Haidar’s affinity with craft began with her grandmother, who lived down the road when she was a child. “I’m originally Lebanese and from a young age I’d sit with her, and she’d talk to me about her upbringing and my culture, customs and language,” she says. “As we chatted, she would always be knitting or sewing, and I’d do it with her. It wasn’t just a skill that I was trying to learn, like playing an instrument: it was part of the conversation.”

It was also her grandmother who passed on to Haidar an inability to throw things away: bedsheets would become clothes, then headscarves, then cleaning cloths. Haidar’s mixed-media artworks incorporate found and disposable objects that add extra layers of human connection. “For me, they’re such an important part of the work because they house stories well before I’ve even touched them,” she says. “They’re remnants of people and their experiences.”

“Found objects house stories well before I’ve even touched them. They’re remnants of people and their experiences”

Soleless (2018) grew out of a three-month residency programme that Haidar did with Deveron Arts in Huntly, Aberdeenshire, that aimed to integrate Syrian refugees into rural Scotland. In response to conversations with the newly arrived men, women and children, she embroidered intimate images of migrant families’ journeys onto the worn-out soles of the shoes that had carried them across borders. When they fled, they brought with them essentials in plastic bags.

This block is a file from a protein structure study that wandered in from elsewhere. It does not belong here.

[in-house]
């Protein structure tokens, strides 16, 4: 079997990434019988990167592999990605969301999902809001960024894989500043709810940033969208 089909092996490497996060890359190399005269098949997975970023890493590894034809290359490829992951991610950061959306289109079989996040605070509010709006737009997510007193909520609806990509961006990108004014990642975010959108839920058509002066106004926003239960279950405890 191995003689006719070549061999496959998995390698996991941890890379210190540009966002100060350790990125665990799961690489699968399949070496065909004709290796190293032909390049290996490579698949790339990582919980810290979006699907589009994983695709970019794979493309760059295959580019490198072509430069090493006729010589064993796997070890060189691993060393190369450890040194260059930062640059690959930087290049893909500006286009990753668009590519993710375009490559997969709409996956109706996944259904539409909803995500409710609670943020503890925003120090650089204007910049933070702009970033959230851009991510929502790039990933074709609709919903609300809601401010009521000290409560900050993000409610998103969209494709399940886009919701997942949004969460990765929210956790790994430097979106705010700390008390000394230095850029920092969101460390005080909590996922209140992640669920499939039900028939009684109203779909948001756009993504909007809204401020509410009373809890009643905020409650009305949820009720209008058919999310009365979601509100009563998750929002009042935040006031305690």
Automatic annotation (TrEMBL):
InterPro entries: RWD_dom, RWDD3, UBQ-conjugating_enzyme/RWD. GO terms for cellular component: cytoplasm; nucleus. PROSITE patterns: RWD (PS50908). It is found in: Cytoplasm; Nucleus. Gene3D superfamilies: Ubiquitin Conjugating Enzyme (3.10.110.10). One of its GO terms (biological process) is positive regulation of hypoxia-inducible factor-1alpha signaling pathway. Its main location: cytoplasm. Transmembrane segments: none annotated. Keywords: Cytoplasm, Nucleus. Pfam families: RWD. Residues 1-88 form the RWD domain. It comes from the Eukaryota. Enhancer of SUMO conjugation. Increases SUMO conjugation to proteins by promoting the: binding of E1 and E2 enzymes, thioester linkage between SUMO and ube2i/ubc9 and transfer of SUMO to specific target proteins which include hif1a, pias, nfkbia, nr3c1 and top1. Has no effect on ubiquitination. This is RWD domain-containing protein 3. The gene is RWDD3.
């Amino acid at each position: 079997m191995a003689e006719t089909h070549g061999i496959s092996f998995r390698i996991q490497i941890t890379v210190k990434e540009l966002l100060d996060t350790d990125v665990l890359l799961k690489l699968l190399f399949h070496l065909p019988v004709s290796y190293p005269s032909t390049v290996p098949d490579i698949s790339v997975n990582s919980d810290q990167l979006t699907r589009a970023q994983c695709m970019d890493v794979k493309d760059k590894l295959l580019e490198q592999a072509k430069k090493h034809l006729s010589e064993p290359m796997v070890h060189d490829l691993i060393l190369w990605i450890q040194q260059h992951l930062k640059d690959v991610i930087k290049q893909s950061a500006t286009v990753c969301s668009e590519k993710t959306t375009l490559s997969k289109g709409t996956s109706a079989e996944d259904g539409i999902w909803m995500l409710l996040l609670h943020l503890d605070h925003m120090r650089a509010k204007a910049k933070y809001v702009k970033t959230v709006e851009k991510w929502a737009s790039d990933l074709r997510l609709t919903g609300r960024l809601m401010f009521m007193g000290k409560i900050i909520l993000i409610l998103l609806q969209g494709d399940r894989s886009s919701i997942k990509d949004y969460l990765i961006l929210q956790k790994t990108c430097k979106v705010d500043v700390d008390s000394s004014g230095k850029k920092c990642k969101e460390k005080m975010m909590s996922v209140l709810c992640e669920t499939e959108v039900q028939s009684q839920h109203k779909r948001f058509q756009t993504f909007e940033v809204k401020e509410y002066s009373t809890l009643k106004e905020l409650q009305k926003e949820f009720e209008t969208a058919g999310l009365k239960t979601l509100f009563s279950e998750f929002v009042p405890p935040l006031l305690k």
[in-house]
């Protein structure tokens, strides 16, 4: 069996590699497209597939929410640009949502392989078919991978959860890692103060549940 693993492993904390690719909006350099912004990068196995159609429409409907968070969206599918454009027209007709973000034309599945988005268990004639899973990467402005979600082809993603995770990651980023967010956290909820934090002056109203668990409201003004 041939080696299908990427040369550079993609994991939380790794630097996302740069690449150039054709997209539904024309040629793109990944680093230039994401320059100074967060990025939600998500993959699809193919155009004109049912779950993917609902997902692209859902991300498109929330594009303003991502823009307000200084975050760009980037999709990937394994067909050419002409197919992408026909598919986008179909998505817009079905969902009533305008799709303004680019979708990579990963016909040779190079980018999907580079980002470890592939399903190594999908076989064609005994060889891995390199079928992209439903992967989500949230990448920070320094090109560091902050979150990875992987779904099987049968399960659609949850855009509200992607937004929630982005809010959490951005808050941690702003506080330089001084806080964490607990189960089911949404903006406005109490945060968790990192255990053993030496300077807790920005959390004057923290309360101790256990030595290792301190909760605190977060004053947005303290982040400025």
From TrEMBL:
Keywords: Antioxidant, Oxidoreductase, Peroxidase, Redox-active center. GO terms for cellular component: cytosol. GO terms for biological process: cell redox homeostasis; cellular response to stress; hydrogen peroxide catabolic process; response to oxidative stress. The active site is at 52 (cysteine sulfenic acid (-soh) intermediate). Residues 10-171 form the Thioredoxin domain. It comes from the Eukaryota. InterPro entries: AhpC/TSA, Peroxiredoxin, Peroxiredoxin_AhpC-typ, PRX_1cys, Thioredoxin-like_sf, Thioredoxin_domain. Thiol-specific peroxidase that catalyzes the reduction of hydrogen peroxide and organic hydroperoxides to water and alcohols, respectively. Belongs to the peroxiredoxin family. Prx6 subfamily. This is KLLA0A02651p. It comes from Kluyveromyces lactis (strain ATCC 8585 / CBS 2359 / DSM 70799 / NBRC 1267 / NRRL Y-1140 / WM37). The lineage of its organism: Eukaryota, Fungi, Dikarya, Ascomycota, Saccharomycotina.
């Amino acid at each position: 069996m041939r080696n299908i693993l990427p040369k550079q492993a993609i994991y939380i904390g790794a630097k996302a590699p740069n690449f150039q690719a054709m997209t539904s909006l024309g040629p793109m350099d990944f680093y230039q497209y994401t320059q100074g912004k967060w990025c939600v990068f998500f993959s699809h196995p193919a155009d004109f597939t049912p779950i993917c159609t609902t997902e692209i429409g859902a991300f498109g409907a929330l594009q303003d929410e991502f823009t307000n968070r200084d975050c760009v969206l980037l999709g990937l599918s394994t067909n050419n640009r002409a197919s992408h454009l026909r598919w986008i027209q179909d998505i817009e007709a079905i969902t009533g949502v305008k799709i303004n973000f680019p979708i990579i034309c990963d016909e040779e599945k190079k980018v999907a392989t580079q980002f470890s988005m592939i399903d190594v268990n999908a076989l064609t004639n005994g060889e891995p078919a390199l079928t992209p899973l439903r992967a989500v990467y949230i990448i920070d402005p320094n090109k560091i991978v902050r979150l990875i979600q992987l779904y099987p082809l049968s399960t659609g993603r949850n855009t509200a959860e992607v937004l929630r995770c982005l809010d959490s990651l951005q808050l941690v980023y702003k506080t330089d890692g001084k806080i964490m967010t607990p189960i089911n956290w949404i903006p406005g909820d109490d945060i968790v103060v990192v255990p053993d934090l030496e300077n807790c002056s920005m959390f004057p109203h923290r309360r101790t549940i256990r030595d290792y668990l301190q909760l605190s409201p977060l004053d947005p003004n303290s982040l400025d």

In Kiass (2018), Haidar embroidered the objects, which range from cigarettes to sanitary pads, onto the bag of the respective owner. One woman brought with her a falafel maker because she didn’t know where she would end up and she had to feed her kids. Her own parents fled the war in Lebanon during the 1980s, so shining a light on displacement and forced migration has always been significant to Haidar. That, and the role of women.

 

 

 

For this year’s Abu Dhabi Art, she was commissioned to make a large-scale public work that explored Emirati heritage, and she responded with Dwelling on the Past (2021), which seeks to demystify the active part Bedouin women played in the preservation of their tribes. Inside a reproduction of a traditional black-and-white tent made from plastic thread (a nod to the negative influence the petroleum industry has had on these communities) are three garments that reflect women’s skills as communicators, traders and shelter creators.

Aya Haidar at work
Aya Haidar at work

“All my work is an extension of storytelling,” says Haidar. “It’s triggered by a conversation or an experience, and it’s about creating an arena for discussion and reflection. It’s about planting a seed.” As her day-to-day existence feeds into her practice, her work continues to evolve, but running through it all is her desire to share silenced narratives and make the invisible visible. “I firmly believe that art has the power to create social change. It can transcend language, it touches on people’s emotions.”

Chloë Ashby is an author and arts journalist. Her first novel, Wet Paint, will be published by Trapeze in April 2022

 

Abu Dhabi Art

Manarat Al Saadiyat, until 21 November 2021